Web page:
No, because I was born a Bhutto. I don’t have anything to prove. My name always has been my name. And at the end, if there is a legacy of the Bhuttos, it belongs to the people, not to the family, not to just one person, it belongs to the people of the country.

Does that mean you don’t ever plan to join active politics?

No. I am a writer. I am active in political causes by have no interest Parliamentary politics, no.

What does the name Asif Ali Zardari mean to you?

Well, the man is a  criminal. Before he became president, he had four murder cases proceeding against him, involving the deaths of 11 people. Besides that, he had corruption cases against him in Switzerland, in Spain, in the UK and in Pakistan, and in many other cities.

And he was alleged to be the “Mr 10%” too at one point in time..

Exactly, and corruption cases in Pakistan amounts to billions of dollars. So, that’s what most Pakistanis think of when they hear his name. Of course, since he became President, he gave himself immunity, he dropped all the cases. But that does not mean you take away the past. And, in terms of the friction between my aunt (and me), you know there were those who benefited from her in power, those who benefited from her corruption. Those of us who live in Pakistan, we can see the effects of her corruption. In Larkana (the Bhutto home town), the last things that were built in terms of schools, colleges, were build in the 1970s, during my grandfather’s time. It’s a town of four million people, it does not look like a place that had a Prime Minister after Zulfiqar Ali Bhutto. There is no evidence that one of its citizens had been a Prime Minister in recent times. Benazir did nothing. The only thing Benazir did was to build the family’s graveyard, but for living people there are no houses, no roads, no schools.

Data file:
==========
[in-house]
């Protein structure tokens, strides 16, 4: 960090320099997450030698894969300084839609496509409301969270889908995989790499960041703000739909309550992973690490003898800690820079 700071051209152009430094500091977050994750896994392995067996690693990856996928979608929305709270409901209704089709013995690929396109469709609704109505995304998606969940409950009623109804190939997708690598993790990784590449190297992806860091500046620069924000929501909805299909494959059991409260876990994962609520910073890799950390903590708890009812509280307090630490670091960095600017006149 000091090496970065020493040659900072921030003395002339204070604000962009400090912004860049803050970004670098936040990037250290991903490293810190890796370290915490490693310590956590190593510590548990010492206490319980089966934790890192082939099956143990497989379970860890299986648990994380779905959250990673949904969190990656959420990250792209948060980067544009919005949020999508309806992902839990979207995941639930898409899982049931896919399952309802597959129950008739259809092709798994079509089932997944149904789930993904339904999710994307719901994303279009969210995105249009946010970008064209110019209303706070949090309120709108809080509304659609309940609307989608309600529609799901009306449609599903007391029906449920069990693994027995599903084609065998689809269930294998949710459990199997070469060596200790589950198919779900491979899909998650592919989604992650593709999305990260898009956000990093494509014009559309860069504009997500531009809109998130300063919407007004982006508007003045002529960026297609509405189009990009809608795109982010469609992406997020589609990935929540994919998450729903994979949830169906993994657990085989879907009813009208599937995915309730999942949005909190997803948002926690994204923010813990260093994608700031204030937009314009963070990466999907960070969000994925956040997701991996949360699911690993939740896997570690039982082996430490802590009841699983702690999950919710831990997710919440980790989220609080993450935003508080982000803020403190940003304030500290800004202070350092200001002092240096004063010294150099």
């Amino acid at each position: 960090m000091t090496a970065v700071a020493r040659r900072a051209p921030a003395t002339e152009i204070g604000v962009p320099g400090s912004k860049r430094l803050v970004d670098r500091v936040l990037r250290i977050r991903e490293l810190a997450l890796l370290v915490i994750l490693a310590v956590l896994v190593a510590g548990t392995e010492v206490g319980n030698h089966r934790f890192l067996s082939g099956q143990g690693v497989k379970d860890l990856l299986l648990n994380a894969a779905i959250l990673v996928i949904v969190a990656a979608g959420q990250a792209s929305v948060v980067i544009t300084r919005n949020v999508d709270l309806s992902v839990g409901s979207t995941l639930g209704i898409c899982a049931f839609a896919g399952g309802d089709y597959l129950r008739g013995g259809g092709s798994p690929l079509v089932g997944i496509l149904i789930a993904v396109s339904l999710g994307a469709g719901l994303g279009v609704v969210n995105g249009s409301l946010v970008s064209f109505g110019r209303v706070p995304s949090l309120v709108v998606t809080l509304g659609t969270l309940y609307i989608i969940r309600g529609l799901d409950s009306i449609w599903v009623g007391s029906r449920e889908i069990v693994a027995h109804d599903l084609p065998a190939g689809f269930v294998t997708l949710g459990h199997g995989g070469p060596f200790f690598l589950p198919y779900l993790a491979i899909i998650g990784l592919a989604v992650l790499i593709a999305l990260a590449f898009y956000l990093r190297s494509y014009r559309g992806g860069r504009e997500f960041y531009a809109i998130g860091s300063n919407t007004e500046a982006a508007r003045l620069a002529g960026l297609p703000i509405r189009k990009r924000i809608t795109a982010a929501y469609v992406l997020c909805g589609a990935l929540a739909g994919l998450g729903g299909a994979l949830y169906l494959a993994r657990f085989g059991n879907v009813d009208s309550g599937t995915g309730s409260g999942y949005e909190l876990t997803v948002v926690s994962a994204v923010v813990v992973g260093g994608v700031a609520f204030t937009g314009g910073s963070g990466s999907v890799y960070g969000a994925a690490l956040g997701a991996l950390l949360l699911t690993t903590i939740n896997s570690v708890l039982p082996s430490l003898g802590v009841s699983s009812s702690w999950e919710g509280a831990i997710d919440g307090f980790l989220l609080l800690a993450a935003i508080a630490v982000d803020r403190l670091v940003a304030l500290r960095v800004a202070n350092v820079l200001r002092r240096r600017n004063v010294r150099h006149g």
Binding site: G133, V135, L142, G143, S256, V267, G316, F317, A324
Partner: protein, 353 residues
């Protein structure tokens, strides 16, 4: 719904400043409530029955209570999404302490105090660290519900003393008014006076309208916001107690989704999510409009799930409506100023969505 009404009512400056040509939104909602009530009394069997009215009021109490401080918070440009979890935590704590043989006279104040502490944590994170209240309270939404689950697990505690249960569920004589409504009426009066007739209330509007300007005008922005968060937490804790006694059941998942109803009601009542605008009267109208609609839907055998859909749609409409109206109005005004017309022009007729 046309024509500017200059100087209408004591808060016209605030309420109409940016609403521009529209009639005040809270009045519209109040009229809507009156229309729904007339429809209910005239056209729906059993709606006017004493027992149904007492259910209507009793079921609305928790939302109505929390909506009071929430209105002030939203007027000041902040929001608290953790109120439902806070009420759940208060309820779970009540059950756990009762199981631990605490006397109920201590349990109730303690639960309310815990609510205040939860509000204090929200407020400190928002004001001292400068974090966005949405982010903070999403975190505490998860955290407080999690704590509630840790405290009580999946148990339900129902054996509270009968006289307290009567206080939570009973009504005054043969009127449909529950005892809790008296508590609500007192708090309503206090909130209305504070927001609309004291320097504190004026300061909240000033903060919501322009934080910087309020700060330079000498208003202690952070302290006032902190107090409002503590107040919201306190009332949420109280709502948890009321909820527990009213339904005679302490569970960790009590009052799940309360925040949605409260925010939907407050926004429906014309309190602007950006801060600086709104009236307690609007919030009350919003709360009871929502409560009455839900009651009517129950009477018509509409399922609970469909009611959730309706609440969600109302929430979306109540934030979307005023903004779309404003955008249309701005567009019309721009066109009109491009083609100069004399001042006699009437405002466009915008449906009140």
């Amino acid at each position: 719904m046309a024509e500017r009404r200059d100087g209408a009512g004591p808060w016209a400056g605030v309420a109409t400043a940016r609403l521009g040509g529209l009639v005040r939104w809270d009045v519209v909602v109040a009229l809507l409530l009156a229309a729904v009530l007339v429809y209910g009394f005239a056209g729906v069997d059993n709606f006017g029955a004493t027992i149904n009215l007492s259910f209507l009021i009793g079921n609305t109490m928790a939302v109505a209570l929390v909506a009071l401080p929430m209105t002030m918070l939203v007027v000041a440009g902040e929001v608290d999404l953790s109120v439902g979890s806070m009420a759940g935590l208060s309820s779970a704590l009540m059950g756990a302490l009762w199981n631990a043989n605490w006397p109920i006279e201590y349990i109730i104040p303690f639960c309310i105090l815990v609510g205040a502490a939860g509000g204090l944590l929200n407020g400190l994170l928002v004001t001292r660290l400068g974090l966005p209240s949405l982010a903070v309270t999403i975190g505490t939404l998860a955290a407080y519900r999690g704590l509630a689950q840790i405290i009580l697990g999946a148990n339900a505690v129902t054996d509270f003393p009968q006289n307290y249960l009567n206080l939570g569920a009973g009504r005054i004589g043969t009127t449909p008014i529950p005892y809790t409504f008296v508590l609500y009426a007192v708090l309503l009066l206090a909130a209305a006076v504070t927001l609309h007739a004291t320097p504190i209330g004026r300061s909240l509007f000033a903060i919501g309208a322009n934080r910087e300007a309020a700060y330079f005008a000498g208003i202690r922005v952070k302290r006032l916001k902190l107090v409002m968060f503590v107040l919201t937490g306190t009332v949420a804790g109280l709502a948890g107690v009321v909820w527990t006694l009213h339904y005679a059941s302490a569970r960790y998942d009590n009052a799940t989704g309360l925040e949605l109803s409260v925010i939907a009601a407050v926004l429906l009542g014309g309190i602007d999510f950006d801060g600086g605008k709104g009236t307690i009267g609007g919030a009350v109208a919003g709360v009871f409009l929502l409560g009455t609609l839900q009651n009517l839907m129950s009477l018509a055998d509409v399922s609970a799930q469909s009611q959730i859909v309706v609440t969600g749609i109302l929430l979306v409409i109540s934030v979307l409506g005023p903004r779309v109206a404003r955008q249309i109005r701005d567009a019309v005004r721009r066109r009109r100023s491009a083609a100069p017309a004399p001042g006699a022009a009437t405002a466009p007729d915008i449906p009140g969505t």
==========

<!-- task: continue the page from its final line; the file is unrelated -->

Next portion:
Do you think your aunt was naïve and was used by the people around her, or was she a willing partner?

I think she was a willing partner. You are the Prime Minister, how can you not know what is happening under your watch. If you don’t know what’s happening under you, then you should resign.

Are the political parties in your country equipped enough to strengthen the democratic process?

Like in India, where you have Congress and BJP, we have PPP and PML (N) who are taking turns in being in power. Since the parties in government receive billions of dollars in foreign aid, how would a small party compete with them? If you are a small, secular, provincial party, how do you compete against the PPP which has got 10 billion dollars from America. This funding process is very undemocratic. For example, in Balochistan, there are a lot of secular, provincial parties, such as the Baloch National Party. How can they fight the PML or the PPP? So if you really want to talk about democracy, these governments need to stop being funded. More is the number of parties, the better, because there should be representation for anyone, and everyone should be given a chance.

Did you ever think while writing this book that it would have been better had it been fiction?

Yes, absolutely. I wished all the time that I didn’t have to write this book. I mean, I wish none of these things had happened so that there wouldn’t have been a book to write. The violence especially is so brutal, it’s very difficult to accept that not only was it real but it continues.

(Published in Deccan Herald, www.deccanherald.com, www.deccanheraldepaper.com, 11-04-2010)



1 Comment »

  1. this lady has nothing constructive to talk about than cursing and defaming her aunt,benazir.its disgusting

    Comment by gia — May 17, 2010 @ 2:26 am | Reply